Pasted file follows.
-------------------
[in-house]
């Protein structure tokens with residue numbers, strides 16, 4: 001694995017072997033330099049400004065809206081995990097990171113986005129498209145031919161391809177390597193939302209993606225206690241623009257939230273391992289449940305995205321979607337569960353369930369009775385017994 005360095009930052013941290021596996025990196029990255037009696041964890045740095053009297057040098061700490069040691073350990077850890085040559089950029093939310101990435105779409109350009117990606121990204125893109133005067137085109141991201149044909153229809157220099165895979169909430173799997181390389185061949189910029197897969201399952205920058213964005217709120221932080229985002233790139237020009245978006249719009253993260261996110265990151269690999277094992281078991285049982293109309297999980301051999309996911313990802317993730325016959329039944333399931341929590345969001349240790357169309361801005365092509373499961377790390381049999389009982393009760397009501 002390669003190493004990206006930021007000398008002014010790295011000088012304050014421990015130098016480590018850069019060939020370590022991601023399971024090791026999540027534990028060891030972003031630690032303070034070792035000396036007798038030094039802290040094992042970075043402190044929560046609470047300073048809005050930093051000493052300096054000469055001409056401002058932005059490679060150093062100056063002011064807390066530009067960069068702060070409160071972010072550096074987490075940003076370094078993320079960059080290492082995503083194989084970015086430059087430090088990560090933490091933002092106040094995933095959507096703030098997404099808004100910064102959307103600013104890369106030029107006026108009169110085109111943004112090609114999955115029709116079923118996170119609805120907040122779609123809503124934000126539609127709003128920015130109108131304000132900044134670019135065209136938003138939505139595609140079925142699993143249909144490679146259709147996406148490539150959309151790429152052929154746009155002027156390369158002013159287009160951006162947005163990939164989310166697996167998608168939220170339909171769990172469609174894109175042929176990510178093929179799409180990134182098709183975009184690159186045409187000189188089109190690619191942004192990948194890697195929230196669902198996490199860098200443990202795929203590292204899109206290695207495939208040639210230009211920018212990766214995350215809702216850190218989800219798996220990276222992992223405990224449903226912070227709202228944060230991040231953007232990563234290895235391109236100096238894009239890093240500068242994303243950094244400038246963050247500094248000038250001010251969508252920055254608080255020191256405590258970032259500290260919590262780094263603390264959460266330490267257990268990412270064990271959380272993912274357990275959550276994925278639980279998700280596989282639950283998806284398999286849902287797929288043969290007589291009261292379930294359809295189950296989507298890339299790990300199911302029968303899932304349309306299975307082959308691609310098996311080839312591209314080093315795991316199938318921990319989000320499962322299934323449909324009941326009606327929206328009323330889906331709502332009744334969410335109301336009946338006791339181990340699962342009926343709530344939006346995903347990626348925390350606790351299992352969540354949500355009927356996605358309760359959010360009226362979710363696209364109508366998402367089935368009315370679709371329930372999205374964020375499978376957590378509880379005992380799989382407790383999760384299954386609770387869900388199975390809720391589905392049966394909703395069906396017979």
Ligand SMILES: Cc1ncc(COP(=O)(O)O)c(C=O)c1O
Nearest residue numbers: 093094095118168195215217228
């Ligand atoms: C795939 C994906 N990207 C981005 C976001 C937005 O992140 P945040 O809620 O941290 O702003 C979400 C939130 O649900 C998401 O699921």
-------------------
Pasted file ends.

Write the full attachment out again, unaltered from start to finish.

[in-house]
């Protein structure tokens with residue numbers, strides 16, 4: 001694995017072997033330099049400004065809206081995990097990171113986005129498209145031919161391809177390597193939302209993606225206690241623009257939230273391992289449940305995205321979607337569960353369930369009775385017994 005360095009930052013941290021596996025990196029990255037009696041964890045740095053009297057040098061700490069040691073350990077850890085040559089950029093939310101990435105779409109350009117990606121990204125893109133005067137085109141991201149044909153229809157220099165895979169909430173799997181390389185061949189910029197897969201399952205920058213964005217709120221932080229985002233790139237020009245978006249719009253993260261996110265990151269690999277094992281078991285049982293109309297999980301051999309996911313990802317993730325016959329039944333399931341929590345969001349240790357169309361801005365092509373499961377790390381049999389009982393009760397009501 002390669003190493004990206006930021007000398008002014010790295011000088012304050014421990015130098016480590018850069019060939020370590022991601023399971024090791026999540027534990028060891030972003031630690032303070034070792035000396036007798038030094039802290040094992042970075043402190044929560046609470047300073048809005050930093051000493052300096054000469055001409056401002058932005059490679060150093062100056063002011064807390066530009067960069068702060070409160071972010072550096074987490075940003076370094078993320079960059080290492082995503083194989084970015086430059087430090088990560090933490091933002092106040094995933095959507096703030098997404099808004100910064102959307103600013104890369106030029107006026108009169110085109111943004112090609114999955115029709116079923118996170119609805120907040122779609123809503124934000126539609127709003128920015130109108131304000132900044134670019135065209136938003138939505139595609140079925142699993143249909144490679146259709147996406148490539150959309151790429152052929154746009155002027156390369158002013159287009160951006162947005163990939164989310166697996167998608168939220170339909171769990172469609174894109175042929176990510178093929179799409180990134182098709183975009184690159186045409187000189188089109190690619191942004192990948194890697195929230196669902198996490199860098200443990202795929203590292204899109206290695207495939208040639210230009211920018212990766214995350215809702216850190218989800219798996220990276222992992223405990224449903226912070227709202228944060230991040231953007232990563234290895235391109236100096238894009239890093240500068242994303243950094244400038246963050247500094248000038250001010251969508252920055254608080255020191256405590258970032259500290260919590262780094263603390264959460266330490267257990268990412270064990271959380272993912274357990275959550276994925278639980279998700280596989282639950283998806284398999286849902287797929288043969290007589291009261292379930294359809295189950296989507298890339299790990300199911302029968303899932304349309306299975307082959308691609310098996311080839312591209314080093315795991316199938318921990319989000320499962322299934323449909324009941326009606327929206328009323330889906331709502332009744334969410335109301336009946338006791339181990340699962342009926343709530344939006346995903347990626348925390350606790351299992352969540354949500355009927356996605358309760359959010360009226362979710363696209364109508366998402367089935368009315370679709371329930372999205374964020375499978376957590378509880379005992380799989382407790383999760384299954386609770387869900388199975390809720391589905392049966394909703395069906396017979």
Ligand SMILES: Cc1ncc(COP(=O)(O)O)c(C=O)c1O
Nearest residue numbers: 093094095118168195215217228
């Ligand atoms: C795939 C994906 N990207 C981005 C976001 C937005 O992140 P945040 O809620 O941290 O702003 C979400 C939130 O649900 C998401 O699921």